Wine writing: I am officially on my way!

At last: the first session of EV 140! EV stands for the Enology and Viticulture department at Walla Walla Community College. The class I signed up for, you may recall, is titled “Writing for Wineries.” I have officially entered the hallowed grounds of wine writing!


I like writing stories, but will we have to do weird stuff like diagram sentences?


Thankfully this does not appear in the syllabus, 9. The class is focused on the kinds of writing a winery needs for marketing purposes. And, in spite of this being a business type of writing, you’ll be glad to know (as I certainly am) that the very basis of writing for wineries is story.


You mean we get to make things up? Like a winemaker has a magic horse that can fly and a bunch of witches find out and- –


Not that kind of story- -the story of the winery and the wine and the people who make the wine. How they make it and why they make it and why they believe this makes their wine stand out from all the rest.


It sounds more like Mr. McClurken’s journalism class and the 5Ws- -who, what, when, where and why.


I think you’re right about that, Lily.


Our first class was an overview of the next nine weeks, biographical information about the instructor, and a presentation on the elements of good writing. Many topics are the same for business writing as for fiction. Here are a few:


*Use specific word choices instead of clichés

*Write to emotionally engage the reader

*Cut words, sentences, paragraphs that aren’t absolutely necessary

*Read your draft out loud before you make final revisions to uncover awkward constructions


I hear you doing that last one all the time when you’re writing something!


So you know first-hand: when I stumble over a sentence or a phrase it needs to be rewritten.




I’m not sure how many students are in the class. Eleven were present at the Zoom session Tuesday afternoon. Attendance is encouraged though not required because the lectures are recorded and available online for people who can’t make it. Hopefully I will have the next nine Tuesdays from 3:40 to 4:50 PM available to join the Zoom in real time.


You are a bit of a schedule fanatic.


True, but also I feel more accountable, therefore, more attentive, if I am present and observable by others in real time.


Real time? Is that a business writing thing, like the opposite of pretend time?


Shoot, I keep forgetting the two of you, though you help with the blog, aren’t really in the swing of things in the digital world. Computers, I mean.


Like on Star Trek?


Close enough, though it’s both simpler and more complicated than that these days.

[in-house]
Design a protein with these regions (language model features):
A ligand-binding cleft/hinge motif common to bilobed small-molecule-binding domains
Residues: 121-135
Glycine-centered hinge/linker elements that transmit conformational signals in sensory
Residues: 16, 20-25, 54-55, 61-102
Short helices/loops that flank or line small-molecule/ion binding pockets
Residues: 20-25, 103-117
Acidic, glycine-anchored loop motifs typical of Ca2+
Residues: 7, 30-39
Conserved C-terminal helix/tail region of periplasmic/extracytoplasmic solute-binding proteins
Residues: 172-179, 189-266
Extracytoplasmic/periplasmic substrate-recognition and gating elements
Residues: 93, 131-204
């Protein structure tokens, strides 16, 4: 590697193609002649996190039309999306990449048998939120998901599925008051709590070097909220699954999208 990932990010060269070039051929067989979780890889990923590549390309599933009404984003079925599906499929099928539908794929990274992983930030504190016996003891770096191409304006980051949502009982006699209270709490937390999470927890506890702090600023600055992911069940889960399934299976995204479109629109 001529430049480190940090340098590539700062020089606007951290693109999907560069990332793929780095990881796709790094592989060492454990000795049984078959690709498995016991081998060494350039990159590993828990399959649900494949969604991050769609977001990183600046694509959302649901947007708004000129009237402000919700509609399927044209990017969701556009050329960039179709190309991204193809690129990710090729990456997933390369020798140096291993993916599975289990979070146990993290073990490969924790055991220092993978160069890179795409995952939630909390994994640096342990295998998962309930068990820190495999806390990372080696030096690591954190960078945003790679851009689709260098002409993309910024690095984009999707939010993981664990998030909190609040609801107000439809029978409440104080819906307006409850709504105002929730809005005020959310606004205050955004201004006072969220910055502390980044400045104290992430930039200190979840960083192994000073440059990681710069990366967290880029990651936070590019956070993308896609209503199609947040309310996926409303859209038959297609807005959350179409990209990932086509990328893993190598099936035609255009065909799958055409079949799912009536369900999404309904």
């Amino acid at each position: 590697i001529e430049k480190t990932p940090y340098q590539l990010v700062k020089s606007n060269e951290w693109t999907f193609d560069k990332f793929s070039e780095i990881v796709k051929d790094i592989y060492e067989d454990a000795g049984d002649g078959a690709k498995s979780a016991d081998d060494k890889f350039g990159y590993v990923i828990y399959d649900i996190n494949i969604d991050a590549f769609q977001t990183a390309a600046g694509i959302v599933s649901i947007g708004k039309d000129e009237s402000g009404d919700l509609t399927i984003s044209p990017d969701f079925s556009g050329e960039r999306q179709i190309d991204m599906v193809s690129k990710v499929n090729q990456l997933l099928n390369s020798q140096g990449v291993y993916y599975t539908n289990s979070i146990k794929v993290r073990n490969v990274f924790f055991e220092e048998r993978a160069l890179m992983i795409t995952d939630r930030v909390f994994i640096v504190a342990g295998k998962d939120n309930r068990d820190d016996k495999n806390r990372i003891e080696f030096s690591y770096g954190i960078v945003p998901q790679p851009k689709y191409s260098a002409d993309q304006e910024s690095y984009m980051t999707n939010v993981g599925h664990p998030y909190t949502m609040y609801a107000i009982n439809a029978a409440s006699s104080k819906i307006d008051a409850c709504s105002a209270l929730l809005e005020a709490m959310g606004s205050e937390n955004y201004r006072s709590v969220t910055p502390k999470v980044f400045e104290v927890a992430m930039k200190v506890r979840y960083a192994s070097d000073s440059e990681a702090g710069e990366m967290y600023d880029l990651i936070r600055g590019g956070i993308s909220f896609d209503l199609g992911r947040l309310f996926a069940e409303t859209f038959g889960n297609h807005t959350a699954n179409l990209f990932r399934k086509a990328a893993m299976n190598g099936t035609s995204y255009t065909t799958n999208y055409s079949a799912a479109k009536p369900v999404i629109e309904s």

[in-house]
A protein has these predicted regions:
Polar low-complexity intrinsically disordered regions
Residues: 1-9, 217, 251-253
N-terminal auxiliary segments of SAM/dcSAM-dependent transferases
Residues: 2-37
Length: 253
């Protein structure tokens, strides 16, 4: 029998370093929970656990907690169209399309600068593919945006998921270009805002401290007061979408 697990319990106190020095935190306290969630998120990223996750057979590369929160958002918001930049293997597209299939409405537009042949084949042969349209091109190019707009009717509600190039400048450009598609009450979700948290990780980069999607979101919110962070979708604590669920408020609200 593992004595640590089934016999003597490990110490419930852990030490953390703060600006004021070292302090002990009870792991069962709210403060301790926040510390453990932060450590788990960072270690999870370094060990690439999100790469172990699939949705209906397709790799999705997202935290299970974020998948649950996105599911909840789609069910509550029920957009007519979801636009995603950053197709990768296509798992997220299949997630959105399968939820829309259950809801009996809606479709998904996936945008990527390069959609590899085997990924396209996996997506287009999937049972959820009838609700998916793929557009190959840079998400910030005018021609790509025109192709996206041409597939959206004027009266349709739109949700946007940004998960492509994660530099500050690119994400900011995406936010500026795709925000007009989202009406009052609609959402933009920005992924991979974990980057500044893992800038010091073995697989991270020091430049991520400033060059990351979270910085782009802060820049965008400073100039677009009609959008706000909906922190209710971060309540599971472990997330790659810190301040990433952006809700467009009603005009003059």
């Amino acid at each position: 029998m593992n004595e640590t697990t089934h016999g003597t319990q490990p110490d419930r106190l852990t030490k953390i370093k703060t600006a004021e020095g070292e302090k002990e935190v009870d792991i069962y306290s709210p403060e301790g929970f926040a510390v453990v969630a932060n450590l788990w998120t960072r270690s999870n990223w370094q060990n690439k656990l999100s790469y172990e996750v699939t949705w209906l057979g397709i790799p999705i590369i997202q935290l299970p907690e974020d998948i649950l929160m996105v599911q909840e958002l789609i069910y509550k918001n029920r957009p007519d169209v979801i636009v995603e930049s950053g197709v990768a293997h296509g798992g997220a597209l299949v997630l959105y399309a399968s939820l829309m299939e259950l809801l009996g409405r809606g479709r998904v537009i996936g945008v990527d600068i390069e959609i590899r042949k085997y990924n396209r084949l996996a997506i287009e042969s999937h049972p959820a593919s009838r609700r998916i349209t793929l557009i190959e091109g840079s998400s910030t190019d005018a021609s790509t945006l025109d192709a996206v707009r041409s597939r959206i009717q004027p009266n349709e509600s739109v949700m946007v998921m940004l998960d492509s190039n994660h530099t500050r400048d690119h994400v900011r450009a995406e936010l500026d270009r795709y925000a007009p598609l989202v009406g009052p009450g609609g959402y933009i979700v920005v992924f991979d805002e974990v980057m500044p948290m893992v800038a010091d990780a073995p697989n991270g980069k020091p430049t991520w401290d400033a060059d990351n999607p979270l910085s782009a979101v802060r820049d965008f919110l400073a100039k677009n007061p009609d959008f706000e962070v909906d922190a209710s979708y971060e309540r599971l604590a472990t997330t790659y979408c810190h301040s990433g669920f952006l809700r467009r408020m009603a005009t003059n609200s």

It’s not just attending the class, you have homework, as well?


Yes. Two types of homework each week, due 11:59 P every Monday. The first type is answering a series of discussion questions and posting them on the class website. You can’t get full credit unless you make at least one substantive comment on what someone else has written. Last week, before the class started, we were assigned a series of “getting to know you” questions. It was a neat opportunity to learn why other people are taking the class, plus “one thing” most people don’t know about them, and finding common threads that have absolutely nothing to do with wine writing.


This week’s questions are about the elements of good writing discussed in Tuesday’s class, and are responses to an assigned article. A perfect and timely opportunity to put classroom theory into practice!


Wine writing homework. For me, this requires writing things by hand first and distilling it down. . .



The second homework assignment is about editing. Write a piece on anything about yourself that is not related to the wine industry, editing down through a four-tiered process from 300-350 words to four to six bullets while capturing the essence of the idea each time. Sounds to me like the process of distilling wine into brandy.


This is business writing. Don’t go all whimsical on us.


I turned in the discussion homework yesterday morning and am really looking forward to doing the other one today. And over the weekend. And probably giving it another look on Monday before turning it in. Because in both fiction and business writing, good writing is good editing.


Speaking of good, spring has presented a piece of welcome news. After 3 years of waiting, viable asparagus spears are at last emerging in our garden!


Wine writing: Which varietal pairs well with asparagus?



And maybe that’s what I’ll write about. . .

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